In the modern organization, since direct verbal insults are considered "over the line," we've developed a variety of alternatives, including a class I call "dismissive gestures." They hurt personally, and they harm the effectiveness of the organization. Here's Part II of a little catalog of dismissive gestures.
Dismissive gestures are often tactics for expressing status, consolidating control, or displaying power. As such, their users seek to influence the perceptions of a larger number of people beyond the target — usually the witnesses.
Humans aren't the only species that communicates by facial expressions. Photo of monkey in Bali, by Shawn Allen. Photo of James Randi, courtesy James Randi Educational Foundation.
When used intentionally in this way, these techniques are coercive to varying degrees, because they achieve the desired effect not by eliciting admiration or affection, but rather through fear or intimidation. And when fear or intimidation is the goal, it's always possible that the user of the gesture actually feels fearful or intimidated, too. If you can keep that possibility in mind when you encounter a frequent user, you can more easily manage your own responses to the gestures.
Looking upward, as if to Heaven, communicates, "Spare me!" Sometimes this is combined with hands placed palm-to-palm, fingers pointing upward, in the prayer position; with eye-rolling; with a vocalization, "Puh-lease…;" or with the mouthing of words.
Throw me a lifeline
Breaking eye contact by closing the lids and turning away to look at someone else can be a plea for a lifeline. Breaking eye contact in itself isn't necessarily dismissive. But turning to look at another, even expressionlessly, can communicate, "Please help me out of this or at least vaporize this guy."
Dropping a bag of garbage
Dropping a report from an excessive height says, "This is a package of something foul." The greater the height, the greater the effect. For extra zing, raise it up before dropping it, or perform the whole action over a wastebasket.
Counting your fingers
Looking at one's hand after a handshake communicates distrust. It suggests that your partner's hand might have been dirty, or that you're counting your fingers to check that none have been stolen.
Engaging in sidebar conversation
In meetings, sidebars are always a little impolite, but the expression of disdain escalates with the volume of the sidebar exchange. Sidebar laughing is especially corrosive.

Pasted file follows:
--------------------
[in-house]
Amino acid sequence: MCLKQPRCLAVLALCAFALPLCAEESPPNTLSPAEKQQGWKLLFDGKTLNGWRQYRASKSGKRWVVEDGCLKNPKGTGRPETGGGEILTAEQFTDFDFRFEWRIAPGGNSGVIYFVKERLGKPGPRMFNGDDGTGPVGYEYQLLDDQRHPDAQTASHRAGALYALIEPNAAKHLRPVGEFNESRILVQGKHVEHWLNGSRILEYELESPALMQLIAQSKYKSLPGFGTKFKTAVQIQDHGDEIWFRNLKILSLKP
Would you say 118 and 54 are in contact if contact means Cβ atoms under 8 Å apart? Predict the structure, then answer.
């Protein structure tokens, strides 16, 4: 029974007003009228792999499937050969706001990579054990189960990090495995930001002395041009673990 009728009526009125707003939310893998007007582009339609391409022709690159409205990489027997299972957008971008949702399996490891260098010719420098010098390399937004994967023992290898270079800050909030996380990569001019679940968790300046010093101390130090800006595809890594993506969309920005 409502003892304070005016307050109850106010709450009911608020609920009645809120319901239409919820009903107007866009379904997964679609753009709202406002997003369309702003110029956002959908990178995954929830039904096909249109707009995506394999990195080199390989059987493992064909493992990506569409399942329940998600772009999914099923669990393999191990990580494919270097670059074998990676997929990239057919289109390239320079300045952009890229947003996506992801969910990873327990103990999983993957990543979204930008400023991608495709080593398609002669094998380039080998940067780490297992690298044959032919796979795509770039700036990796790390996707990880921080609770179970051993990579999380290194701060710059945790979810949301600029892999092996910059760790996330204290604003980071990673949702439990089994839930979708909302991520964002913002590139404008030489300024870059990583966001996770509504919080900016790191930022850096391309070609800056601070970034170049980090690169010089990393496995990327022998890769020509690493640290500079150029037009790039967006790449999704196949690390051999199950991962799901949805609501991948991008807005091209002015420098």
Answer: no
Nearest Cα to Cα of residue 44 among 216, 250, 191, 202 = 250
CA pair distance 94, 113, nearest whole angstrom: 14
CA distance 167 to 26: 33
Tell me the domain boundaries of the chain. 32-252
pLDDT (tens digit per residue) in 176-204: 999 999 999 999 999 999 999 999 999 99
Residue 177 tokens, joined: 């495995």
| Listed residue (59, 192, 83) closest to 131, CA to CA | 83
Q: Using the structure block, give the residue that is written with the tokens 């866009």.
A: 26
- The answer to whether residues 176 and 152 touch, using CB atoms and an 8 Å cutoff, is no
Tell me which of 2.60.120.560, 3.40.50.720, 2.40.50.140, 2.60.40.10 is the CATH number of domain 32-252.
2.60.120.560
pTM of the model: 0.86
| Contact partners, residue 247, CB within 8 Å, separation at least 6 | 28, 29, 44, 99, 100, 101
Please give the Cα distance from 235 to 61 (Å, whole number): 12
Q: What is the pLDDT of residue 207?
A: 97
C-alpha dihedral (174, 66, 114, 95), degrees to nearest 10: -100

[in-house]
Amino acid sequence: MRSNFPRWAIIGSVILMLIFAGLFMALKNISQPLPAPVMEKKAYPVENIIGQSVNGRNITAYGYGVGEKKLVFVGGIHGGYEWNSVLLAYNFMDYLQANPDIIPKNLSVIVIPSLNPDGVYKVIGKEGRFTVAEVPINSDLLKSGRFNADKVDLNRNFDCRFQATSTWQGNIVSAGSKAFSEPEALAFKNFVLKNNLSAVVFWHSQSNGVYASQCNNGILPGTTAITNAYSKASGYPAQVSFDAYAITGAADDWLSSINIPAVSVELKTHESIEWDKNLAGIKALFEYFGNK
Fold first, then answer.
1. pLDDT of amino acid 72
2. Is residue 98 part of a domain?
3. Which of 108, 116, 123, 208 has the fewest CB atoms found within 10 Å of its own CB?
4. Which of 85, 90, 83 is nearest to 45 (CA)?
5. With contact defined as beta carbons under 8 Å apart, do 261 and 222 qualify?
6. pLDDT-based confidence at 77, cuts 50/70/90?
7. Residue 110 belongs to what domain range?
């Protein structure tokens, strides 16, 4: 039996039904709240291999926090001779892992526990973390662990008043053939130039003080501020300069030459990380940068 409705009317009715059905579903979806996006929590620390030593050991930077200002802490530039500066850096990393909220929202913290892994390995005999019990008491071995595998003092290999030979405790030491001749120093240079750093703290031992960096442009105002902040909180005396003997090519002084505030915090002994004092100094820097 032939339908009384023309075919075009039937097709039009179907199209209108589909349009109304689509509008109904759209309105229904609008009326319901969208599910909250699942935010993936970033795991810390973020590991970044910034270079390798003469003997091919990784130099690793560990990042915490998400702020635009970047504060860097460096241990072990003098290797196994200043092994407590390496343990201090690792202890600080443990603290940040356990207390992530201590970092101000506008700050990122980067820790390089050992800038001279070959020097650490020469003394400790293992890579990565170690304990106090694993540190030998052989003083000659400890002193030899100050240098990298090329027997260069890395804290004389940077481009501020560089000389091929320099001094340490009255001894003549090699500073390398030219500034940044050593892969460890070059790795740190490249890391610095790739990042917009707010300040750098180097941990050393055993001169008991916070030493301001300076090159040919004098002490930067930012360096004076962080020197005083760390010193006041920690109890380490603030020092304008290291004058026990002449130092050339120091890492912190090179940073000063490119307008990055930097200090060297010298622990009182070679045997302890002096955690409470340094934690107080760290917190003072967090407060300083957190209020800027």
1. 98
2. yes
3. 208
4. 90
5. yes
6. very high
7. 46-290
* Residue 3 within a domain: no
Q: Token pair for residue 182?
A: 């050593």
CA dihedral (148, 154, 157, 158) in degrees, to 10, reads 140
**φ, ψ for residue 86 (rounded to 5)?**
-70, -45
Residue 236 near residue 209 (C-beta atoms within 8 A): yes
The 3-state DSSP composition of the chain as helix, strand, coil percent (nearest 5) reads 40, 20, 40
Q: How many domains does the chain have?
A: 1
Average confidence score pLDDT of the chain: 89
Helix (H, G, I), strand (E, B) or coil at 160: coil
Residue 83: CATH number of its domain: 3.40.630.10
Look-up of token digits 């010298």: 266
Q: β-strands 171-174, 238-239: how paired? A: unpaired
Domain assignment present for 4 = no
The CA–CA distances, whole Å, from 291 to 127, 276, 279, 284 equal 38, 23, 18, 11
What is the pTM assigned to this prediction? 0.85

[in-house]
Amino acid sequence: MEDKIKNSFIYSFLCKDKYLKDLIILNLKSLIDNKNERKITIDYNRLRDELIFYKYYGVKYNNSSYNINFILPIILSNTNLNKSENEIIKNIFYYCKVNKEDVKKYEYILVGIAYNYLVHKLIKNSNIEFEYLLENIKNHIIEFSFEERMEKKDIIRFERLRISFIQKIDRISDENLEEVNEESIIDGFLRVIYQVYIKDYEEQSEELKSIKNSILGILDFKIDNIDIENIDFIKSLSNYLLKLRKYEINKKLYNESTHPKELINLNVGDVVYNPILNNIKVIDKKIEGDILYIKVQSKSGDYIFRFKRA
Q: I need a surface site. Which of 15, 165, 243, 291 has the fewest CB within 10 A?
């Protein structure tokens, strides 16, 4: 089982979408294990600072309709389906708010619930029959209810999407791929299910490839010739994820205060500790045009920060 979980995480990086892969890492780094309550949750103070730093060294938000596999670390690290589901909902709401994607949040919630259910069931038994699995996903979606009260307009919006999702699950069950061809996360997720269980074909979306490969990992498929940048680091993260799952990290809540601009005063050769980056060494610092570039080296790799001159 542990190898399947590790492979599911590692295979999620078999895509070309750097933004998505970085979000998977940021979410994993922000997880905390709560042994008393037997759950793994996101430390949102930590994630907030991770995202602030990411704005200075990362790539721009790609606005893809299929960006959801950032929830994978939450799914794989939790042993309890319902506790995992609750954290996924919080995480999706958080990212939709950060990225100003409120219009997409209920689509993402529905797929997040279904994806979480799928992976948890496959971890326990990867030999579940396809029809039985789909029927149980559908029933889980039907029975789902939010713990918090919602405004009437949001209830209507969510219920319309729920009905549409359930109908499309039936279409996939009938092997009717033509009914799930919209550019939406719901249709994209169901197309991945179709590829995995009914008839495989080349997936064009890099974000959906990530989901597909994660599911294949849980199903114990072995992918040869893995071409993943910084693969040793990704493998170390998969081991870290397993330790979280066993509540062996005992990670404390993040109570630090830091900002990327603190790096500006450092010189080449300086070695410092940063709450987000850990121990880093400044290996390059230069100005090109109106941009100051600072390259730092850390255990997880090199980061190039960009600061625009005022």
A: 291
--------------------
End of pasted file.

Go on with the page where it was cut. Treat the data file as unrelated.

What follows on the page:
Asynchronous head shaking
Shaking the head "No," is OK if you're asked a question and the answer is No. But shaking the head while the other is talking can feel to the speaker like an interruption saying, "You're out of your mind."
Dismissive gestures vary from culture to culture
Talking while departing
Continuing to talk to someone while turning and walking away, especially if you're saying something the recipient doesn't want to hear, prevents a response. It says, "Whatever you have to say about this is of no interest to me." Extra points for walking into an elevator and having the doors close at exactly the right time.
Dismissive gestures vary from culture to culture, and since every organization has its own microculture, people in your organization probably have some unique dismissive gestures. To see them, you have to look. More next time. TopNext Issue
For more on gestures of all kinds, take a look at Field Guide to Gestures, by Nancy Armstrong and Melissa Wagner. It's complete with full-color illustrations.
Are you fed up with tense, explosive meetings? Are you or a colleague the target of a bully? Destructive conflict can ruin organizations. But if we believe that all conflict is destructive, and that we can somehow eliminate conflict, or that conflict is an enemy of productivity, then we're in conflict with Conflict itself. Read 101 Tips for Managing Conflict to learn how to make peace with conflict and make it an organizational asset. Order Now!
When organizations suffer painful losses, their responses can sometimes be destructive, further harming the organization and its people. Here are some typical patterns of destructive responses to organizational loss.
Recent research has uncovered a human tendency — possibly universal — to believe that we know others better than others know them, and that we know ourselves better than others know themselves. These beliefs, rarely acknowledged and often wrong, are at the root of many a toxic conflict of long standing.
To make the bullying stop, many targets of bullies try to defend themselves. But defense alone is not sufficient — someone must make the bully stop. That's why counterattack is much more likely to work.
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